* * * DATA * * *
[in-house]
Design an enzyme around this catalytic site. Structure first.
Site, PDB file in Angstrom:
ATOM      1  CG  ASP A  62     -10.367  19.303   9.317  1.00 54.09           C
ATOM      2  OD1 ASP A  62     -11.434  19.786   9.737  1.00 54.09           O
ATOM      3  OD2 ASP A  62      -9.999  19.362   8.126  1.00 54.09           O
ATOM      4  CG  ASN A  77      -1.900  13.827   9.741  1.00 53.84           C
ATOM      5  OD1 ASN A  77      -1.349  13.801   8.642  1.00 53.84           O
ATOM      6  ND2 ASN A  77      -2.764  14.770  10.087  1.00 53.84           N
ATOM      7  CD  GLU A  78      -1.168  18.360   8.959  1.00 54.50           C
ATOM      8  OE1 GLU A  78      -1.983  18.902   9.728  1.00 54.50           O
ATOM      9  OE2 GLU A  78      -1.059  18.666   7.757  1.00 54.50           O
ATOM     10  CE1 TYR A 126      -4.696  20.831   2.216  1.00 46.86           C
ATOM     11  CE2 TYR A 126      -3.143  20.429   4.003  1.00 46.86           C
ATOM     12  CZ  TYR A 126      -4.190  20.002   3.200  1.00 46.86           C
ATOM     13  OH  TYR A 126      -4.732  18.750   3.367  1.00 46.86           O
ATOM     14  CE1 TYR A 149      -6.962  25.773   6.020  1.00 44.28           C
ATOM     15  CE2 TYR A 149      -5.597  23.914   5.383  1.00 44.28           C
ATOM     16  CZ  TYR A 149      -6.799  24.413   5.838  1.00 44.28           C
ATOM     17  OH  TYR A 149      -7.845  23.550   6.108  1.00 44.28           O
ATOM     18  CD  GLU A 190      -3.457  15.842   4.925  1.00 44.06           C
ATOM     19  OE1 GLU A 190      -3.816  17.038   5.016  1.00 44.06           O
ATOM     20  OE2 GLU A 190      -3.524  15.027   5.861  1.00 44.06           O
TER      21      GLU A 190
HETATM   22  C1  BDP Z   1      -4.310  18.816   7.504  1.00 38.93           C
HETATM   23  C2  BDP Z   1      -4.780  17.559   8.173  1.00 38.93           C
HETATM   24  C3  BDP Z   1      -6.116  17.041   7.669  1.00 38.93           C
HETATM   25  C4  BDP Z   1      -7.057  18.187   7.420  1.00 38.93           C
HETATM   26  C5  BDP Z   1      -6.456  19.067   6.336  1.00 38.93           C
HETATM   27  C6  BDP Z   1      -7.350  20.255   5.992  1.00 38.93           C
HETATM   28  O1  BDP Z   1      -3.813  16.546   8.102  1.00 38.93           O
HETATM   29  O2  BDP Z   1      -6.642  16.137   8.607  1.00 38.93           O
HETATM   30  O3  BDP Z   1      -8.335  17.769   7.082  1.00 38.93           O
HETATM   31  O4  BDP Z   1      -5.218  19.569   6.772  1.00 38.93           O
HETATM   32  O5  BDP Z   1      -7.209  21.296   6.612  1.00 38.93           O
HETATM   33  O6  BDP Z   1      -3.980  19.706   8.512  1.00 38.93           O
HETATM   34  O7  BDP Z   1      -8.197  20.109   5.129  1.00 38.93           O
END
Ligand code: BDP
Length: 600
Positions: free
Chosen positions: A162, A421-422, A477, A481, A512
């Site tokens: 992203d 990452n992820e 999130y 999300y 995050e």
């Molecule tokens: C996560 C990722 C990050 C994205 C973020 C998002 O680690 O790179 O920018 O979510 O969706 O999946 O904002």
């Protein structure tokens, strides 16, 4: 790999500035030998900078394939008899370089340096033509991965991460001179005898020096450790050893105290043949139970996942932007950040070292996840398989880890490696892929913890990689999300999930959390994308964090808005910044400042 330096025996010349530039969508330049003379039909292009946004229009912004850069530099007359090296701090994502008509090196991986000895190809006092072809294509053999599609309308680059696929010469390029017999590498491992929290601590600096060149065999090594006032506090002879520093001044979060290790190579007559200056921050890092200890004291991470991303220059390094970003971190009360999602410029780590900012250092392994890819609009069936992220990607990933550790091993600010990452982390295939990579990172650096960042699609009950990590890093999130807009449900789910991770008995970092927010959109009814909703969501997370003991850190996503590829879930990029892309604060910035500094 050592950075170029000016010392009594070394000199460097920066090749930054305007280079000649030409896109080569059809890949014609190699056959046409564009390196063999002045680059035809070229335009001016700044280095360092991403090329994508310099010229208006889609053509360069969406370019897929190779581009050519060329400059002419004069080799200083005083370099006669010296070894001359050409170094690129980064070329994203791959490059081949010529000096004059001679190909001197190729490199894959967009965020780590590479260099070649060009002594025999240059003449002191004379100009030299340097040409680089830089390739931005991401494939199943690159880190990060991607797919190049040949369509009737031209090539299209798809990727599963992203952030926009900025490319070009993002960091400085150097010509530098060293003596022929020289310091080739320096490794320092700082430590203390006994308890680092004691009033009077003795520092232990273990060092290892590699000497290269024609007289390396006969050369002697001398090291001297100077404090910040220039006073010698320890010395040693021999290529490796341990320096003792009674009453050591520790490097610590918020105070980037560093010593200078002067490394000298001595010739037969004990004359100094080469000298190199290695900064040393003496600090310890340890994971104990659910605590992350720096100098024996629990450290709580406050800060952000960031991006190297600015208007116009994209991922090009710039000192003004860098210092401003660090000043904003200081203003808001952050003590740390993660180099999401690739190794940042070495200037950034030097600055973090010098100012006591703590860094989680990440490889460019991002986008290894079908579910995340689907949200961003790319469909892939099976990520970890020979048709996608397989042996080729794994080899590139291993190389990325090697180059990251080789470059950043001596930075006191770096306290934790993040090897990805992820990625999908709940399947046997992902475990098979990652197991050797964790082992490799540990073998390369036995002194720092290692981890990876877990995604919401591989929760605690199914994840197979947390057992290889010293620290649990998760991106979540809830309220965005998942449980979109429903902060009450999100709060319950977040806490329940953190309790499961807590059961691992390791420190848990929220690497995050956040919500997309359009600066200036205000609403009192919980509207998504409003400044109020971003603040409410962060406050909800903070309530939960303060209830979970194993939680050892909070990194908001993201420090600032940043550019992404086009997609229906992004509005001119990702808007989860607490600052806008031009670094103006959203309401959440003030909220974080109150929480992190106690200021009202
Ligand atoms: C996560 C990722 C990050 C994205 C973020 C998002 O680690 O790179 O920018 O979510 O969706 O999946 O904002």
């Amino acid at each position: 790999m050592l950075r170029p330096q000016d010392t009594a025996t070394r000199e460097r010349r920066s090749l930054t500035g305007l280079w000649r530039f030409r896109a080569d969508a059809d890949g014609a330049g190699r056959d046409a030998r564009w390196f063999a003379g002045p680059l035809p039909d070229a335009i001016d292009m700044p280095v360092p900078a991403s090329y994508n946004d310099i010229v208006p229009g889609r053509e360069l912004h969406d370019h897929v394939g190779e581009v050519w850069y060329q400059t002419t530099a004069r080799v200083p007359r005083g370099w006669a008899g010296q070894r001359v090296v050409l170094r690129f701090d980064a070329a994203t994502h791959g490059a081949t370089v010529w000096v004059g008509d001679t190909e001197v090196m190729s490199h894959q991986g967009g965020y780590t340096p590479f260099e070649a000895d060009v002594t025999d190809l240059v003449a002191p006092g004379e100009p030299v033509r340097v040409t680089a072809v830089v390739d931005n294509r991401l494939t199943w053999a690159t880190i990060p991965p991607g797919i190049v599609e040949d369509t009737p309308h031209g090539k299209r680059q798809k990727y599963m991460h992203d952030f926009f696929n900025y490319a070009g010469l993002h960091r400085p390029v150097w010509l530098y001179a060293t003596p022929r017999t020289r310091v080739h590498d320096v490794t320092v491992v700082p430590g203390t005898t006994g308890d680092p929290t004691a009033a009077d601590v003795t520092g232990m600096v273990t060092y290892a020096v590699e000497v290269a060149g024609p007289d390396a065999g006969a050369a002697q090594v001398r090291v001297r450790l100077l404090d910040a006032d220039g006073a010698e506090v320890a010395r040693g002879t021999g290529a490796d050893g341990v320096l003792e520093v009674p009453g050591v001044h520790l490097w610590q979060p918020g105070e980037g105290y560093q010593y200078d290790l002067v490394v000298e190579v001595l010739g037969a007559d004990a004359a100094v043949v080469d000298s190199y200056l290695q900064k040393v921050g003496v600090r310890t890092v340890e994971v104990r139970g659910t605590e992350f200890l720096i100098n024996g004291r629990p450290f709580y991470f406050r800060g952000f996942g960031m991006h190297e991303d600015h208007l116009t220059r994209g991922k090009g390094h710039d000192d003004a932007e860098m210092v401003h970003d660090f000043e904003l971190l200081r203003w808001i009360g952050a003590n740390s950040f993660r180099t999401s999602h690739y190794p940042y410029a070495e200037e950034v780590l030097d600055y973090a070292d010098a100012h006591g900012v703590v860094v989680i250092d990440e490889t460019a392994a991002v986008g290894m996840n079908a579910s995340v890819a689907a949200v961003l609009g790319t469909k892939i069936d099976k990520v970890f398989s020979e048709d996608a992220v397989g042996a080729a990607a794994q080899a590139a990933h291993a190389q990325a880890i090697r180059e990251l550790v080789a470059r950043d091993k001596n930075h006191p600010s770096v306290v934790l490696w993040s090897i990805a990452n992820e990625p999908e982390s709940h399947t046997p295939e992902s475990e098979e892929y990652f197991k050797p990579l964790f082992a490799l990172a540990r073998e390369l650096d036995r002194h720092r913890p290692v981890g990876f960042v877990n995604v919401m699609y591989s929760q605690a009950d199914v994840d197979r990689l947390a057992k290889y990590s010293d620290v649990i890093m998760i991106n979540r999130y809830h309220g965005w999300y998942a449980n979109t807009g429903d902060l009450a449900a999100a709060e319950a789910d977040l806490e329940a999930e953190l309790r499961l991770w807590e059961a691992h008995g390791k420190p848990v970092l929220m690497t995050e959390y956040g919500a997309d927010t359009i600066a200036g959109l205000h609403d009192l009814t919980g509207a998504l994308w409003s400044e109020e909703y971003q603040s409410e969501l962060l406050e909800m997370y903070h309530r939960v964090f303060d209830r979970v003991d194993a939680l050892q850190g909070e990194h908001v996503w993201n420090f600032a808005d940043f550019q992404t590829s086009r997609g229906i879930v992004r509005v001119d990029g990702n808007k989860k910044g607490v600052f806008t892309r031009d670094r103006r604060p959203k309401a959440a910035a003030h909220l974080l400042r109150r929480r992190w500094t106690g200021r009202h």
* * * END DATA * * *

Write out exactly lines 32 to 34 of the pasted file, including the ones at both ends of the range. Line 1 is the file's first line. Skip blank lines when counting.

HETATM   29  O2  BDP Z   1      -6.642  16.137   8.607  1.00 38.93           O
HETATM   30  O3  BDP Z   1      -8.335  17.769   7.082  1.00 38.93           O
HETATM   31  O4  BDP Z   1      -5.218  19.569   6.772  1.00 38.93           O